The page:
On the national plane the government in India, like those of the USA and the European countries, is extending immense help to the corporates which created the crisis with the same measures like easing the liquidity and making credit plentiful and cheap for them. Lowering the interst rate also helps the corporate sector most and will go a long way in only increasing their profits. The government is concerned with the stock market alone and not the people. Even the small employers are not being helped. Out of 58 millioin tiny non-farm enterprises 54 millioin with less than Rs 5 lakh investment each will get only 2.2 per cent of the bank credit extended in the country; and the rest upto Rs 25 lakh investment will get a mere four per cent of the credit. Thus handloom, handicrafts, coir, leather, food processing etc. will continue to suffer. On the other hand if this section is helped the deficiency in exports can be absorbed domestically.

Bharat Nirman has a major potential for employment in rural infrastructure, roads, irrigation, rural electrification etc. but even with sanctioned budget funds the work achieved is less than 50 per cent. Supply of electricity covers only 10 per cent of those below the poverty line (BPL). The NREGA has a big potentiality for emplolyment but here too the implementation is nowhere near what had been proposed. Better implementation could have been possible if the political parties, particularly of the Left, had taken it up seriously at the national level with thorough groundwork going far beyond the realm of lectures and slogans.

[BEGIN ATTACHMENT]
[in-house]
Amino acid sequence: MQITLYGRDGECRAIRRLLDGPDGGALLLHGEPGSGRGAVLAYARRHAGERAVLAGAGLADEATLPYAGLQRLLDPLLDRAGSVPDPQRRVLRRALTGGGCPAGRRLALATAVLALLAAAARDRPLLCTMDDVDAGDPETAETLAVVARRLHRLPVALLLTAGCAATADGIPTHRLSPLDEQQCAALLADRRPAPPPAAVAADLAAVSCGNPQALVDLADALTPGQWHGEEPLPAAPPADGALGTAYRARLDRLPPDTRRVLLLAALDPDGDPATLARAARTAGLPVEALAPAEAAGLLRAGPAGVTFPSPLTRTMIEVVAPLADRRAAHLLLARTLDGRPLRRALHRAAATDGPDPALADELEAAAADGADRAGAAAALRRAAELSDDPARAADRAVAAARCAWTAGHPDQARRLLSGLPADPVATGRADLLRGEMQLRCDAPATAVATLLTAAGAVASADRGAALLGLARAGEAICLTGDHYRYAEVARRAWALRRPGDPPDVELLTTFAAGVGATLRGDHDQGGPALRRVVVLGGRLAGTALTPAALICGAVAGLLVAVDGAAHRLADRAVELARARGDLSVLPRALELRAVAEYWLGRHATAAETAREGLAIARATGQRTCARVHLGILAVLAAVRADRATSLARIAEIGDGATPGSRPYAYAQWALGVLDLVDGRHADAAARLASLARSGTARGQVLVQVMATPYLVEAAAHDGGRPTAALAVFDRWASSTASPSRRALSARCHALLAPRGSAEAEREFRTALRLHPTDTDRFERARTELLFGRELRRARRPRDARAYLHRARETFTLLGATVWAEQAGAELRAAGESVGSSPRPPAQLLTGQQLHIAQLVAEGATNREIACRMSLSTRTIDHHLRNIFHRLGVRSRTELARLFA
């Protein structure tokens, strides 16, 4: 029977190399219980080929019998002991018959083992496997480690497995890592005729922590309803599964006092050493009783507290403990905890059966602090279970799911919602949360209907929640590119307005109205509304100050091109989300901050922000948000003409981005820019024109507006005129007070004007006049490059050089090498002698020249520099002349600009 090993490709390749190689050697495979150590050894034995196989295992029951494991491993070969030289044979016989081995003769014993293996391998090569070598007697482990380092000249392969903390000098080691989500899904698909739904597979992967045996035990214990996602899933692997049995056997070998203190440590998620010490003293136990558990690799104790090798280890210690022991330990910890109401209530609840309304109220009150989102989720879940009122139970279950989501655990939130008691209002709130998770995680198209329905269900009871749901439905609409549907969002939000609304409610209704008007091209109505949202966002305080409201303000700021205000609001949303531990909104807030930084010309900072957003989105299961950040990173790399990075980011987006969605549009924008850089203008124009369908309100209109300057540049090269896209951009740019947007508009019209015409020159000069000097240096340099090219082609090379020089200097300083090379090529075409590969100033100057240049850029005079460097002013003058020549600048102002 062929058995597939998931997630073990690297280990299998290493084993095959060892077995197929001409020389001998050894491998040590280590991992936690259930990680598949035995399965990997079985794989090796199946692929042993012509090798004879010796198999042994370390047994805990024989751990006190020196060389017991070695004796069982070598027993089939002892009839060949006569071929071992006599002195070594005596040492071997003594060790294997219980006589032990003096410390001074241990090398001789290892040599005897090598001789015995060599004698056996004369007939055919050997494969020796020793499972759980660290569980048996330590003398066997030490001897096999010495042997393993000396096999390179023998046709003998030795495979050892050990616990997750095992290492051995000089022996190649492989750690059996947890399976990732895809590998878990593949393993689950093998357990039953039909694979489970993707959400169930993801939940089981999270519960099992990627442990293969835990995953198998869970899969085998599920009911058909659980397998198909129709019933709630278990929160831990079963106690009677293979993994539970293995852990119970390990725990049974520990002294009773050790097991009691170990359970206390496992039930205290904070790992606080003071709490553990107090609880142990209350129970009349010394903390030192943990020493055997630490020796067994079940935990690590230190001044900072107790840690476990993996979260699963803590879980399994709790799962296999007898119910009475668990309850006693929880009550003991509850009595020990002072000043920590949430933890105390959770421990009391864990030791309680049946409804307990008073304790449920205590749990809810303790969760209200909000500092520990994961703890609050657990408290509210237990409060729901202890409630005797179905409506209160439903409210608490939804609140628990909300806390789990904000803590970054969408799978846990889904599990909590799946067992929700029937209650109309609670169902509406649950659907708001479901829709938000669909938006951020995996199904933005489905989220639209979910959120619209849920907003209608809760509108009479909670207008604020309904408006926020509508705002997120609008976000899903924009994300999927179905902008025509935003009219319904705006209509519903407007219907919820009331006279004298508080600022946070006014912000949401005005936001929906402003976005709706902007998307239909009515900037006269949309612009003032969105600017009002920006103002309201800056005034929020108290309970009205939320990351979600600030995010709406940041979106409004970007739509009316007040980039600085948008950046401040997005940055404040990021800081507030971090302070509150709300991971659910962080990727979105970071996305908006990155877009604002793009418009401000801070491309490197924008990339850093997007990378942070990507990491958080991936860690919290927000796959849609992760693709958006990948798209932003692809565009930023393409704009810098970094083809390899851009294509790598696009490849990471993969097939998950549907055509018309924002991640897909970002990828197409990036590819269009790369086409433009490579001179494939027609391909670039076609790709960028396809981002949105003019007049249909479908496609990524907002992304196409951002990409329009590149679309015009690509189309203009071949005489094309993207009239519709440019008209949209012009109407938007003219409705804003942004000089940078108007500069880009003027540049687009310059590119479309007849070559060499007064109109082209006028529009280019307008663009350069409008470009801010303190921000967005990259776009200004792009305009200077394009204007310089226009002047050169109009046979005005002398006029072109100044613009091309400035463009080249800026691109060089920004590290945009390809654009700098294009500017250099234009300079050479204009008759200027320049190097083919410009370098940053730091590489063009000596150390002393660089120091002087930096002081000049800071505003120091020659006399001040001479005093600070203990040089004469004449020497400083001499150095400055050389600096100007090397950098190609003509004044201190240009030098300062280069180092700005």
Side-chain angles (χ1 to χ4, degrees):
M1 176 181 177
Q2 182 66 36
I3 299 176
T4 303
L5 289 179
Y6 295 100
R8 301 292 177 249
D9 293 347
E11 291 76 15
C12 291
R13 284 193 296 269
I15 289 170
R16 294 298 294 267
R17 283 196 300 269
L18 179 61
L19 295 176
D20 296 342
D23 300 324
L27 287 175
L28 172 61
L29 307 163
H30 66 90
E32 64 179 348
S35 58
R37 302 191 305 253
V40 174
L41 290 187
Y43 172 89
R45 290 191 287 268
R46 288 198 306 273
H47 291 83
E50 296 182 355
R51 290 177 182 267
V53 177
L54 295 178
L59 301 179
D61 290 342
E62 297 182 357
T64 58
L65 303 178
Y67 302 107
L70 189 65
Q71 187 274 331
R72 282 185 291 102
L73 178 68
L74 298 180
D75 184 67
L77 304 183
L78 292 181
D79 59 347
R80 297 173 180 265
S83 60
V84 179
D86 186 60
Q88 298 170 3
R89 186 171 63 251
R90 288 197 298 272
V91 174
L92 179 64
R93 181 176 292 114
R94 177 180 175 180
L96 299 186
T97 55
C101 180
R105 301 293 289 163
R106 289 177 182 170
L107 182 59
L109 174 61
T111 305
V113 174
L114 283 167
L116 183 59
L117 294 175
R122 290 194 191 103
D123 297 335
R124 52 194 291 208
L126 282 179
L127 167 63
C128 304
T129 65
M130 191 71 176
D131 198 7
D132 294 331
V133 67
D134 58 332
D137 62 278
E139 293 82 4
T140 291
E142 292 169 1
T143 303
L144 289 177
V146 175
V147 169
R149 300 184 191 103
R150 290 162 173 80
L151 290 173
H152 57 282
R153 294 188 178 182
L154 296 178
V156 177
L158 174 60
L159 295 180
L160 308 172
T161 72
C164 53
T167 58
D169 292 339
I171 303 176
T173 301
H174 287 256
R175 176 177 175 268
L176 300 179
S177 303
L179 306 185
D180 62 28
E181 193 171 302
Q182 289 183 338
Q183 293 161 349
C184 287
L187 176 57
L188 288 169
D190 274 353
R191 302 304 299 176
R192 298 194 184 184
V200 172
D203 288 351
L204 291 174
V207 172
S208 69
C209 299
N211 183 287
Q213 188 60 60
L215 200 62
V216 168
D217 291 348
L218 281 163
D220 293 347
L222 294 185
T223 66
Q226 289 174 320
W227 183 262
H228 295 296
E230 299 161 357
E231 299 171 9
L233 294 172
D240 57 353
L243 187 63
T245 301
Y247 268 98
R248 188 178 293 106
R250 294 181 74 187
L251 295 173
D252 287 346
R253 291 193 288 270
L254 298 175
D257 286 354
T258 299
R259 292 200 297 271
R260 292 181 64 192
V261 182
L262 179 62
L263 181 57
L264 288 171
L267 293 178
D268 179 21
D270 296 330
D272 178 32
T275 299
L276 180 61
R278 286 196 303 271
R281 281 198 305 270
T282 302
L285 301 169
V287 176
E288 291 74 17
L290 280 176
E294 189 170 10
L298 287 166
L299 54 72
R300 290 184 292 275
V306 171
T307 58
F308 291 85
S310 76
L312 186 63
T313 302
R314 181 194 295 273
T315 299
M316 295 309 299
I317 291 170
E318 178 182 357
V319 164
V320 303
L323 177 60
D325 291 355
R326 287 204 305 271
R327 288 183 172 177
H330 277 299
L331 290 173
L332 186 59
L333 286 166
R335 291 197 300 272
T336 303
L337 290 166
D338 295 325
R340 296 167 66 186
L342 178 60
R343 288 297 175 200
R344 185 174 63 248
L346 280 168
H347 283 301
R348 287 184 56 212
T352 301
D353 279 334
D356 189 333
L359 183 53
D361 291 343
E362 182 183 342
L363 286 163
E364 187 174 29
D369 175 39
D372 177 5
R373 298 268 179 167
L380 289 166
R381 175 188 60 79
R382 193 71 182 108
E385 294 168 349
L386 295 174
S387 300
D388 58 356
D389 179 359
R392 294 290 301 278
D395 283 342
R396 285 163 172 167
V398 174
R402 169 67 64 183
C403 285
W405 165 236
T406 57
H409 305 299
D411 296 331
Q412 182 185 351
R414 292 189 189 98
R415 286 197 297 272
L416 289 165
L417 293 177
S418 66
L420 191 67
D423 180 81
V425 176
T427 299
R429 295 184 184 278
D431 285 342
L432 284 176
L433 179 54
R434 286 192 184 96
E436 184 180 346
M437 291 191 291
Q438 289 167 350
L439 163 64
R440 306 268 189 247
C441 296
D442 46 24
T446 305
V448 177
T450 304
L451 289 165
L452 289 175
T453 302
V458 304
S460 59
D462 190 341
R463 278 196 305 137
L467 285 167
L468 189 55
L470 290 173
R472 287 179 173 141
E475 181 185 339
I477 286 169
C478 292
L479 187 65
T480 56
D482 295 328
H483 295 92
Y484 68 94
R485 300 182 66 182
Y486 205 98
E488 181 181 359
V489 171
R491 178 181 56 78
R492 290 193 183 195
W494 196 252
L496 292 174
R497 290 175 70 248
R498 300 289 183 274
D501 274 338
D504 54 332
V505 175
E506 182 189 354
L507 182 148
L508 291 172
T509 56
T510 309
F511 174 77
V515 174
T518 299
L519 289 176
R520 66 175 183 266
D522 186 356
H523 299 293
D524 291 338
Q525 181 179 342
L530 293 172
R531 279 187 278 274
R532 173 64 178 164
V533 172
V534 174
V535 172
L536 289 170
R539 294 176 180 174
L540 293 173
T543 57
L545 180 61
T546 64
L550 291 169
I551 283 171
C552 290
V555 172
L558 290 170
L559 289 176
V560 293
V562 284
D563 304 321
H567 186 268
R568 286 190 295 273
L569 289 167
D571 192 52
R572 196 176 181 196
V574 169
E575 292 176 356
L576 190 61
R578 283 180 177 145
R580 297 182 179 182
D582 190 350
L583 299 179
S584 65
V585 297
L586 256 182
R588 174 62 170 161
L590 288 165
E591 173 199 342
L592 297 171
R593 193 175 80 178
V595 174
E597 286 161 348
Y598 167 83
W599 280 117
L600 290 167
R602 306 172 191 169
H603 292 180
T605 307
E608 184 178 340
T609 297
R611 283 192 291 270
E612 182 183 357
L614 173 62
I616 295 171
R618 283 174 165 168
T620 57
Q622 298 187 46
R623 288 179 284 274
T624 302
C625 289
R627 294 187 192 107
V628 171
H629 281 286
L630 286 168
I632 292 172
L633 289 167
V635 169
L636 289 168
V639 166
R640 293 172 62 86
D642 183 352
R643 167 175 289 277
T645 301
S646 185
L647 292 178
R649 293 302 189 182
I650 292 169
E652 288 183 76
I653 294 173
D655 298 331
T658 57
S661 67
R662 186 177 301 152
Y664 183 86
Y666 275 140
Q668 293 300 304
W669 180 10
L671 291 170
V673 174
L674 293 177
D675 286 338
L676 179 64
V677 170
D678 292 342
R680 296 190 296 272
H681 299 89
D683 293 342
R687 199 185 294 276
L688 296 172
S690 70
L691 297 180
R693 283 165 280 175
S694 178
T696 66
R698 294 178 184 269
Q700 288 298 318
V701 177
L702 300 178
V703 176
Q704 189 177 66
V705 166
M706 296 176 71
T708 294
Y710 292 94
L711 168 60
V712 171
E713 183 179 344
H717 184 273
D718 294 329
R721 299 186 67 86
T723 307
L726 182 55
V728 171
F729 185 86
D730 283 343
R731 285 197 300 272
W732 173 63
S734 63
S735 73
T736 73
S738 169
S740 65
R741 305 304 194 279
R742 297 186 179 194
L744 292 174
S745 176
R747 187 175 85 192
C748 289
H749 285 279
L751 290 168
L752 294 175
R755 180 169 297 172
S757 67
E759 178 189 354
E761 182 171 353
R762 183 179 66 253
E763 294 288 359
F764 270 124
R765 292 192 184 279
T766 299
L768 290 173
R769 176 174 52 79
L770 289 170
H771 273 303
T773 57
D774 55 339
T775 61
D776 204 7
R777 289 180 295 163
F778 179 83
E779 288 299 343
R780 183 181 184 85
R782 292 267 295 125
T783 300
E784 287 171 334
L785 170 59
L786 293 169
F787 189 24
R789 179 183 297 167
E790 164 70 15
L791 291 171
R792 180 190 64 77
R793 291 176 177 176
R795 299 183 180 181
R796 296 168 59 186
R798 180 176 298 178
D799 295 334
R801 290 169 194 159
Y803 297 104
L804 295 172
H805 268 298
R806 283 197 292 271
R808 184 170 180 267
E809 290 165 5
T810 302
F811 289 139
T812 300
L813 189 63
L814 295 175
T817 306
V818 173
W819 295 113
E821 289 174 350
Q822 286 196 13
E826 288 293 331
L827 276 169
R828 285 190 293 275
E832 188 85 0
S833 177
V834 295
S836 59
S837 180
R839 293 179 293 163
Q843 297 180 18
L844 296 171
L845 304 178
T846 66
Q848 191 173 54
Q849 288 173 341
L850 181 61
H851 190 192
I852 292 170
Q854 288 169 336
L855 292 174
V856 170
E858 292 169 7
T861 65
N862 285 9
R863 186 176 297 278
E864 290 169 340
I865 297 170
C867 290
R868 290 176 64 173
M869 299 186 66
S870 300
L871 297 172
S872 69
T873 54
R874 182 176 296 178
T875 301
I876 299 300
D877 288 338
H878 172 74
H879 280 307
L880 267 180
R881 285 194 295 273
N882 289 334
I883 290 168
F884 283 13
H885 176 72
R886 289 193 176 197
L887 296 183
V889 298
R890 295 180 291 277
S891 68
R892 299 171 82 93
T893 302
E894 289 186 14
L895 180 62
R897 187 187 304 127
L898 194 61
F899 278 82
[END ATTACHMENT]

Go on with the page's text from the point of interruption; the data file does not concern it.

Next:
In order to change the policies of the government in India and to make our growth genuinely ‘inclusive’ united actions of the central trade unions beginning with the merger of the Left trade unions (on the lines of the AITUC-HMS merger as was mooted sometime back) become imperative. Left leaders in the past used to rouse the masses and organise local struggles. Now the situation warrants State level and national level actions. The present-day leaders fail to organise mass struggles. Even when thousands of farmers commit suicides they don’t move. See how the Gujjars came out for reservation on caste lines. I am not pointing to the violence and destruction of government property which were condemnable; I am referring to the gathering of millions from one corner to another for their cause. Rightists in J&K proper led such massive actions defying curfews. Nandigram and Singur too witnessed massive mass mobilisations. Such mass actions for inclusive growth should be organised by the progressive forces. Inclusive growth is an achievable demand. And the economic crisis we are currently facing makes it all the more achievable. The need is to bring the mass of people on the streets. The rest will follow. If carried out properly the objective of inclusive growth could become the transition to socialism in a democratic system.

The author, who was the Union Agriculture Minister in the United Front Government at the Centre (1996-98), functioned as the AITUC President for several years.